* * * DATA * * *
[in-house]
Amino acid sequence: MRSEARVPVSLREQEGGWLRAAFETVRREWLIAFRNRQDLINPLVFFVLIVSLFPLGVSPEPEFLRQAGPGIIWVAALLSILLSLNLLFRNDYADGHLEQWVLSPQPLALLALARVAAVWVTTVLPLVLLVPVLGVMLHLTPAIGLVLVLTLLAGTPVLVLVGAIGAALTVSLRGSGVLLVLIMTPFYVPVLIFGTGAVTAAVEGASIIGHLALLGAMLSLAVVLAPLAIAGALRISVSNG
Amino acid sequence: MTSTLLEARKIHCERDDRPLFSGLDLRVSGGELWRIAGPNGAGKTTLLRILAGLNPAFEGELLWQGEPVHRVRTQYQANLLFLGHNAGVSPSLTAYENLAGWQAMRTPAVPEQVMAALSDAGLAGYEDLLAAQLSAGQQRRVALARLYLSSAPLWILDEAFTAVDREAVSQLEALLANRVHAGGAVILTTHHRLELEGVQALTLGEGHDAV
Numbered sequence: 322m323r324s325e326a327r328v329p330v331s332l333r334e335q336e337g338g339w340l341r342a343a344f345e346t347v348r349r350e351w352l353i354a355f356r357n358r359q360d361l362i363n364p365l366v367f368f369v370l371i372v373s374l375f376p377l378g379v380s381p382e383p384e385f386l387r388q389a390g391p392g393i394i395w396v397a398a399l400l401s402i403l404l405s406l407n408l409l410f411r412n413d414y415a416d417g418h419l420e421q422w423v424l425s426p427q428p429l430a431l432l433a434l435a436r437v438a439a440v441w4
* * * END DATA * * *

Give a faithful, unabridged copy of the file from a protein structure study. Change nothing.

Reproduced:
[in-house]
Amino acid sequence: MRSEARVPVSLREQEGGWLRAAFETVRREWLIAFRNRQDLINPLVFFVLIVSLFPLGVSPEPEFLRQAGPGIIWVAALLSILLSLNLLFRNDYADGHLEQWVLSPQPLALLALARVAAVWVTTVLPLVLLVPVLGVMLHLTPAIGLVLVLTLLAGTPVLVLVGAIGAALTVSLRGSGVLLVLIMTPFYVPVLIFGTGAVTAAVEGASIIGHLALLGAMLSLAVVLAPLAIAGALRISVSNG
Amino acid sequence: MTSTLLEARKIHCERDDRPLFSGLDLRVSGGELWRIAGPNGAGKTTLLRILAGLNPAFEGELLWQGEPVHRVRTQYQANLLFLGHNAGVSPSLTAYENLAGWQAMRTPAVPEQVMAALSDAGLAGYEDLLAAQLSAGQQRRVALARLYLSSAPLWILDEAFTAVDREAVSQLEALLANRVHAGGAVILTTHHRLELEGVQALTLGEGHDAV
Numbered sequence: 322m323r324s325e326a327r328v329p330v331s332l333r334e335q336e337g338g339w340l341r342a343a344f345e346t347v348r349r350e351w352l353i354a355f356r357n358r359q360d361l362i363n364p365l366v367f368f369v370l371i372v373s374l375f376p377l378g379v380s381p382e383p384e385f386l387r388q389a390g391p392g393i394i395w396v397a398a399l400l401s402i403l404l405s406l407n408l409l410f411r412n413d414y415a416d417g418h419l420e421q422w423v424l425s426p427q428p429l430a431l432l433a434l435a436r437v438a439a440v441w4